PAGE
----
SOUTH BEND, Ind. -- Some big changes are coming for South Bend pet owners.
On Wednesday night, the Common Council unanimously approved several amendments to the city's animal care and control ordinance. The regulations hadn't been updated in decades.
Councilwoman Valerie Schey led a committee of local leaders and residents who worked for more than a year to update the language in the ordinance.
Among the most controversial changes, certain breeds -- like pit bulls -- will no longer be singled out as "dangerous." Instead, they'll be evaluated based on their behavior.
"We feel strongly that our dogs should be treated equally and have a fair chance at life," said Gabrielle Thompson, co-founder of a group called Pit Bulls South Bend.
But, Councilman Fred Ferlic says he still wants some special regulations for pit bulls. He voted in favor of the updated ordinance, hoping for a compromise in the future. Ferlic plans to introduce amendments requiring pit bulls be muzzled while on walks and that their owners have fences that are at least 6 feet tall.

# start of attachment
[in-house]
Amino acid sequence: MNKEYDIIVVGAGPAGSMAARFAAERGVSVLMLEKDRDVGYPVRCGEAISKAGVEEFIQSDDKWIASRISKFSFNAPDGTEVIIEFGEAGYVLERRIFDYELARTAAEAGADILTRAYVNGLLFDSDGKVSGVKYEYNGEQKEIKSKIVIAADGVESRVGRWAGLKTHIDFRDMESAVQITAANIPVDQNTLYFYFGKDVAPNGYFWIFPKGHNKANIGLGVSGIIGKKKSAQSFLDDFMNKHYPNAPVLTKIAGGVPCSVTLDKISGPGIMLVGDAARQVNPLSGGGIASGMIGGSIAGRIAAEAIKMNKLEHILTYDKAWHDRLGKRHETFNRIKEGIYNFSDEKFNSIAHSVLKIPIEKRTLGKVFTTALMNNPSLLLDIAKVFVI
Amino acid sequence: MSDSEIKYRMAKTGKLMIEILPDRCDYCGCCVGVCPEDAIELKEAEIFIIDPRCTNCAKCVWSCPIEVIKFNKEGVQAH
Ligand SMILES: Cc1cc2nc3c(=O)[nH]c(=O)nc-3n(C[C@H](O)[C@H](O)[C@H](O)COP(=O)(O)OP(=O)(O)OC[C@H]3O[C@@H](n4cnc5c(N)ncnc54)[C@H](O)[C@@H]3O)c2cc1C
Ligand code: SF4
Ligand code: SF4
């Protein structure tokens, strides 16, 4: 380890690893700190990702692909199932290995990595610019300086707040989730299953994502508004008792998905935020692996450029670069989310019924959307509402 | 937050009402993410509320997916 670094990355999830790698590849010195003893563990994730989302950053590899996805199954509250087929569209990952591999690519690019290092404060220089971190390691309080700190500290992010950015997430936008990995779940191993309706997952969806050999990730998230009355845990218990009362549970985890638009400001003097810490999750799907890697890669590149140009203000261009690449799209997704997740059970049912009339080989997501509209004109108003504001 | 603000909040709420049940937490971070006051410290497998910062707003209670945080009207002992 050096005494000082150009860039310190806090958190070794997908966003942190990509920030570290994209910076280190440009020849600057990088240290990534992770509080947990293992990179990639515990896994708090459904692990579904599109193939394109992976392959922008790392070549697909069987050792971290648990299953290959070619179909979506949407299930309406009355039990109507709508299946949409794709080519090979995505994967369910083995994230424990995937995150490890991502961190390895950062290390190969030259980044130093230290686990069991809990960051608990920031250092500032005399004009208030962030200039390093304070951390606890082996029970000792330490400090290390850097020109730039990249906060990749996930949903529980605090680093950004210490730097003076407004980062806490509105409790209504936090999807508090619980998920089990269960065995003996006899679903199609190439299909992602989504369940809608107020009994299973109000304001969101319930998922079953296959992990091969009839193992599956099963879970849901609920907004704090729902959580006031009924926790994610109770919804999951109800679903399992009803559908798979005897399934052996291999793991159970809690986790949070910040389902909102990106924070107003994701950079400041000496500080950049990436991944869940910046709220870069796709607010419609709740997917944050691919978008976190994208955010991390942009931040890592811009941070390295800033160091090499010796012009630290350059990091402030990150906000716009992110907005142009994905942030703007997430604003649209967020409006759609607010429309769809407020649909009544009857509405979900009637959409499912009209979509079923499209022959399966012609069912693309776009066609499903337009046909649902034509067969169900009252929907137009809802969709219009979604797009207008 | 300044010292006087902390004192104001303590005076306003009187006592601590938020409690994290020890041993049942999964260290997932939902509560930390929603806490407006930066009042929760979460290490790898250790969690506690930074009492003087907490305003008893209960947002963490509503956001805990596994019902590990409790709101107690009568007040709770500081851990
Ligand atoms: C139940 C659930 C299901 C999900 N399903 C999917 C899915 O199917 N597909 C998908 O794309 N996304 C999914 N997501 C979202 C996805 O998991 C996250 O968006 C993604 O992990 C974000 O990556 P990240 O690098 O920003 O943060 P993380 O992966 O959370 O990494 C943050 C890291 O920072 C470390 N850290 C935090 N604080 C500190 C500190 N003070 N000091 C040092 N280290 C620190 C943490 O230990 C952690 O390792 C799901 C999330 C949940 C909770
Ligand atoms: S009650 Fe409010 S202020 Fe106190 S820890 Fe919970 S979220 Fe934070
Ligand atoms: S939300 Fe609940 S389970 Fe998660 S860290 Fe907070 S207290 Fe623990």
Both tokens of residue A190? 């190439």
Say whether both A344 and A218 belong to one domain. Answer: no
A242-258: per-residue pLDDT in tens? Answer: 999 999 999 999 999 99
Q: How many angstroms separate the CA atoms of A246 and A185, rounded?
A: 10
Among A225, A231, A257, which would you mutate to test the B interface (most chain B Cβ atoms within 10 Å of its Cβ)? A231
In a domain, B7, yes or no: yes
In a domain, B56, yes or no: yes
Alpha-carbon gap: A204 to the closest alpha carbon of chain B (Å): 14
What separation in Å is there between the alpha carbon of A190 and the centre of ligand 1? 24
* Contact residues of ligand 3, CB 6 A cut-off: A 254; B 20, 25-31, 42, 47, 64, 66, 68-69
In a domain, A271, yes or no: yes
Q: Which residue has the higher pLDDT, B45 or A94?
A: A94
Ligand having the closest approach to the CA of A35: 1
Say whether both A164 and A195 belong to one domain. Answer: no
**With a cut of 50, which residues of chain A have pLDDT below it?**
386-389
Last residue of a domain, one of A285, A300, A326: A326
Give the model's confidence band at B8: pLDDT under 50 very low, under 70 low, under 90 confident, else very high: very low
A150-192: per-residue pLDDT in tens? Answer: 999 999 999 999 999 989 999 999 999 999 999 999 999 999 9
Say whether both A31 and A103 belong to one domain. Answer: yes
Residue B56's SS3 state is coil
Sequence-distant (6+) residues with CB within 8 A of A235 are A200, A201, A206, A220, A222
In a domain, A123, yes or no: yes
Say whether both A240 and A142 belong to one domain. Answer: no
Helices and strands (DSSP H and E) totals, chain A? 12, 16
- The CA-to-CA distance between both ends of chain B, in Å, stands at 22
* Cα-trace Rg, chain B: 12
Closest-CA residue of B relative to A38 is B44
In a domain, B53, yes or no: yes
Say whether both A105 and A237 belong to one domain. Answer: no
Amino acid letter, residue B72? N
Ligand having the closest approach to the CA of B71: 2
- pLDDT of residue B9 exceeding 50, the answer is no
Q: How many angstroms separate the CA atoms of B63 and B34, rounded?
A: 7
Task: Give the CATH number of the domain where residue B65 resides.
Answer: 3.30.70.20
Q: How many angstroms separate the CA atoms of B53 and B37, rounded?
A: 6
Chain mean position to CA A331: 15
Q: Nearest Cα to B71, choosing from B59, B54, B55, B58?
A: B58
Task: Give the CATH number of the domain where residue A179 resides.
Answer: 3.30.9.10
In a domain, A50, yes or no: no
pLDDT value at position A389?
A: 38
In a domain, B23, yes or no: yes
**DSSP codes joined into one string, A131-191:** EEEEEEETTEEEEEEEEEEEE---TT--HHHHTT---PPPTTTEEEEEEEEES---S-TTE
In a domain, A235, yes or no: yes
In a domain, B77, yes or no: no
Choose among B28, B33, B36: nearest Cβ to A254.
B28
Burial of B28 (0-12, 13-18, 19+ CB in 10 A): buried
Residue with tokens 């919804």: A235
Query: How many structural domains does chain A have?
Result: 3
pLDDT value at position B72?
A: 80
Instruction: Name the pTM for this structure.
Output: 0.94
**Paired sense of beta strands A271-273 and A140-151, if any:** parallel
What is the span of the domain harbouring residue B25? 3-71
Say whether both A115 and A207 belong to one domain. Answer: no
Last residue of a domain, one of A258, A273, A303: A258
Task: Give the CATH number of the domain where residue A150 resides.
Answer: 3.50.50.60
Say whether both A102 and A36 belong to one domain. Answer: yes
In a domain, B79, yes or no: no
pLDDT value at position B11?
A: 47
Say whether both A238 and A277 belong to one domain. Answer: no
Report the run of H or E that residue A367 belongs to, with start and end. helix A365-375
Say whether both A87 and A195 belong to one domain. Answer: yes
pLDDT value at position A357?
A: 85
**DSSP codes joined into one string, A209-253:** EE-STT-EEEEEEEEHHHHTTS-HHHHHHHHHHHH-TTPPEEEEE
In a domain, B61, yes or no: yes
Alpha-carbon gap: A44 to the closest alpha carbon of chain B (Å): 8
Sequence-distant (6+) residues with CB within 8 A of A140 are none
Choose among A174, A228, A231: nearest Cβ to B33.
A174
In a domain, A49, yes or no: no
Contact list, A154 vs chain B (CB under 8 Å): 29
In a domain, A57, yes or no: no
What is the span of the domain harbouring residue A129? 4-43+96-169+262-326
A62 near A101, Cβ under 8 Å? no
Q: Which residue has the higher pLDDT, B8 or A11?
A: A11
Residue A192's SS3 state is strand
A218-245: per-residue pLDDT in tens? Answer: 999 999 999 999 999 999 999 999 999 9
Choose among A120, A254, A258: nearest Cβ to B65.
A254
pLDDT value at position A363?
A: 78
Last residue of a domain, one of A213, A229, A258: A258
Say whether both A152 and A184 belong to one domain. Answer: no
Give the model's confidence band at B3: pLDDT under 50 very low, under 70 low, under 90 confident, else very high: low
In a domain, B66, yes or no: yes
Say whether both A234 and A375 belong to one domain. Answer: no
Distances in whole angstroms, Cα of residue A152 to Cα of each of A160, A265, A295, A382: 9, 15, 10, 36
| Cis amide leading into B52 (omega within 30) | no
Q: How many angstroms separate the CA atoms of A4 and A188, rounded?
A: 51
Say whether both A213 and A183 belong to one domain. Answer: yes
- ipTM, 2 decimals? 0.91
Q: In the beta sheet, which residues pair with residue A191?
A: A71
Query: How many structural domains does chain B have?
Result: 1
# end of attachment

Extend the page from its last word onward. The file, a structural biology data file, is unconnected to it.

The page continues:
"That's not much of a compromise to ask you to put a muzzle on a pit bull and to have a fence around the yard so that your grandchild or grandmother doesn't get attacked," he said.
The suggestion immediately drew negative feedback from those at Wednesday's meeting, where no one spoke out against the amendments.
Besides eliminating breed-specific language, the updated code also throws out pet limits in South Bend and encourages spaying and neutering.
Those who spay and neuter their pets will be eligible for a reduced, flat pet licensing fee.
South Bend Animal Care and Control says the changes will make it easier for them to intervene when animals aren't properly being cared for.
They'll work on educating pet owners about the changes before they go into effect Aug. 1.